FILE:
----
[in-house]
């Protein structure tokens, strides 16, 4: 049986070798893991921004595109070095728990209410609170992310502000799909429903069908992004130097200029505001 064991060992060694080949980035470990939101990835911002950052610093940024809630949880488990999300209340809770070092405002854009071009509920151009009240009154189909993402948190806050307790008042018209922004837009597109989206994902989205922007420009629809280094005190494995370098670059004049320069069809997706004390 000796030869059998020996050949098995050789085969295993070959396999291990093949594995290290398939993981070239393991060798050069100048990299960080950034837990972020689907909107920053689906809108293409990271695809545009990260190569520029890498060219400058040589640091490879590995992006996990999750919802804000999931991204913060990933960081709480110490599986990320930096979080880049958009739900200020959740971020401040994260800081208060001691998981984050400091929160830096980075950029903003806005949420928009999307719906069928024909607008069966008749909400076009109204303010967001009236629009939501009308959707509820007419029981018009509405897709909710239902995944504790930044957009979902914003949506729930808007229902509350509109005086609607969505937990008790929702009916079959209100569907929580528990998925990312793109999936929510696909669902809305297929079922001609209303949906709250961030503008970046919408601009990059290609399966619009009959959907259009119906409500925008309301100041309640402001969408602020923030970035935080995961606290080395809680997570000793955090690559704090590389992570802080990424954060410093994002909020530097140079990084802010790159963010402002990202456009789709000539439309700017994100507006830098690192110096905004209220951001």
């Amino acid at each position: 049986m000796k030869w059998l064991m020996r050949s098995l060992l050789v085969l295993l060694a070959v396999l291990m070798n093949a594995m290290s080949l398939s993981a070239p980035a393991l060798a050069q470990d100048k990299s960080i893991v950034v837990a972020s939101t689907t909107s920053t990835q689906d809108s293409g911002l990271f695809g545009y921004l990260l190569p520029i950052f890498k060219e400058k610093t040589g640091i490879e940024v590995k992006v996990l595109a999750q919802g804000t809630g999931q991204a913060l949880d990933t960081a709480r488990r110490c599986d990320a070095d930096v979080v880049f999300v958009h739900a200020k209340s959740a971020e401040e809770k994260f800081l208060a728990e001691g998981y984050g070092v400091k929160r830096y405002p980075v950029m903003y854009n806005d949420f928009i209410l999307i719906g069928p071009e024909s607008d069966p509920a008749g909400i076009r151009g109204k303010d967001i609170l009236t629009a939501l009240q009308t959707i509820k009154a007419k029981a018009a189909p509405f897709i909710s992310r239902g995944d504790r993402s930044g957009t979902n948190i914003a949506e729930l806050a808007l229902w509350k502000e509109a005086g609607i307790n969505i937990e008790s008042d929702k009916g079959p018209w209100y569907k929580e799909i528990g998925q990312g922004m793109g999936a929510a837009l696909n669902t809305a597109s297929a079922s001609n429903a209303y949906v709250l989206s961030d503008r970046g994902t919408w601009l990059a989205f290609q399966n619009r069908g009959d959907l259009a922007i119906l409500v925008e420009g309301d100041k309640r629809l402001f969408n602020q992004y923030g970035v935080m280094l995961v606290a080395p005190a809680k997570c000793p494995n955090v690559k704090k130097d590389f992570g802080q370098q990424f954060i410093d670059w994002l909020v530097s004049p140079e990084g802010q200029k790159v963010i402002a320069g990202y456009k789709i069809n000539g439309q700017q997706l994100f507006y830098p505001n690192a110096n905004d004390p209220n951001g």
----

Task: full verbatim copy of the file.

[in-house]
């Protein structure tokens, strides 16, 4: 049986070798893991921004595109070095728990209410609170992310502000799909429903069908992004130097200029505001 064991060992060694080949980035470990939101990835911002950052610093940024809630949880488990999300209340809770070092405002854009071009509920151009009240009154189909993402948190806050307790008042018209922004837009597109989206994902989205922007420009629809280094005190494995370098670059004049320069069809997706004390 000796030869059998020996050949098995050789085969295993070959396999291990093949594995290290398939993981070239393991060798050069100048990299960080950034837990972020689907909107920053689906809108293409990271695809545009990260190569520029890498060219400058040589640091490879590995992006996990999750919802804000999931991204913060990933960081709480110490599986990320930096979080880049958009739900200020959740971020401040994260800081208060001691998981984050400091929160830096980075950029903003806005949420928009999307719906069928024909607008069966008749909400076009109204303010967001009236629009939501009308959707509820007419029981018009509405897709909710239902995944504790930044957009979902914003949506729930808007229902509350509109005086609607969505937990008790929702009916079959209100569907929580528990998925990312793109999936929510696909669902809305297929079922001609209303949906709250961030503008970046919408601009990059290609399966619009009959959907259009119906409500925008309301100041309640402001969408602020923030970035935080995961606290080395809680997570000793955090690559704090590389992570802080990424954060410093994002909020530097140079990084802010790159963010402002990202456009789709000539439309700017994100507006830098690192110096905004209220951001």
């Amino acid at each position: 049986m000796k030869w059998l064991m020996r050949s098995l060992l050789v085969l295993l060694a070959v396999l291990m070798n093949a594995m290290s080949l398939s993981a070239p980035a393991l060798a050069q470990d100048k990299s960080i893991v950034v837990a972020s939101t689907t909107s920053t990835q689906d809108s293409g911002l990271f695809g545009y921004l990260l190569p520029i950052f890498k060219e400058k610093t040589g640091i490879e940024v590995k992006v996990l595109a999750q919802g804000t809630g999931q991204a913060l949880d990933t960081a709480r488990r110490c599986d990320a070095d930096v979080v880049f999300v958009h739900a200020k209340s959740a971020e401040e809770k994260f800081l208060a728990e001691g998981y984050g070092v400091k929160r830096y405002p980075v950029m903003y854009n806005d949420f928009i209410l999307i719906g069928p071009e024909s607008d069966p509920a008749g909400i076009r151009g109204k303010d967001i609170l009236t629009a939501l009240q009308t959707i509820k009154a007419k029981a018009a189909p509405f897709i909710s992310r239902g995944d504790r993402s930044g957009t979902n948190i914003a949506e729930l806050a808007l229902w509350k502000e509109a005086g609607i307790n969505i937990e008790s008042d929702k009916g079959p018209w209100y569907k929580e799909i528990g998925q990312g922004m793109g999936a929510a837009l696909n669902t809305a597109s297929a079922s001609n429903a209303y949906v709250l989206s961030d503008r970046g994902t919408w601009l990059a989205f290609q399966n619009r069908g009959d959907l259009a922007i119906l409500v925008e420009g309301d100041k309640r629809l402001f969408n602020q992004y923030g970035v935080m280094l995961v606290a080395p005190a809680k997570c000793p494995n955090v690559k704090k130097d590389f992570g802080q370098q990424f954060i410093d670059w994002l909020v530097s004049p140079e990084g802010q200029k790159v963010i402002a320069g990202y456009k789709i069809n000539g439309q700017q997706l994100f507006y830098p505001n690192a110096n905004d004390p209220n951001g």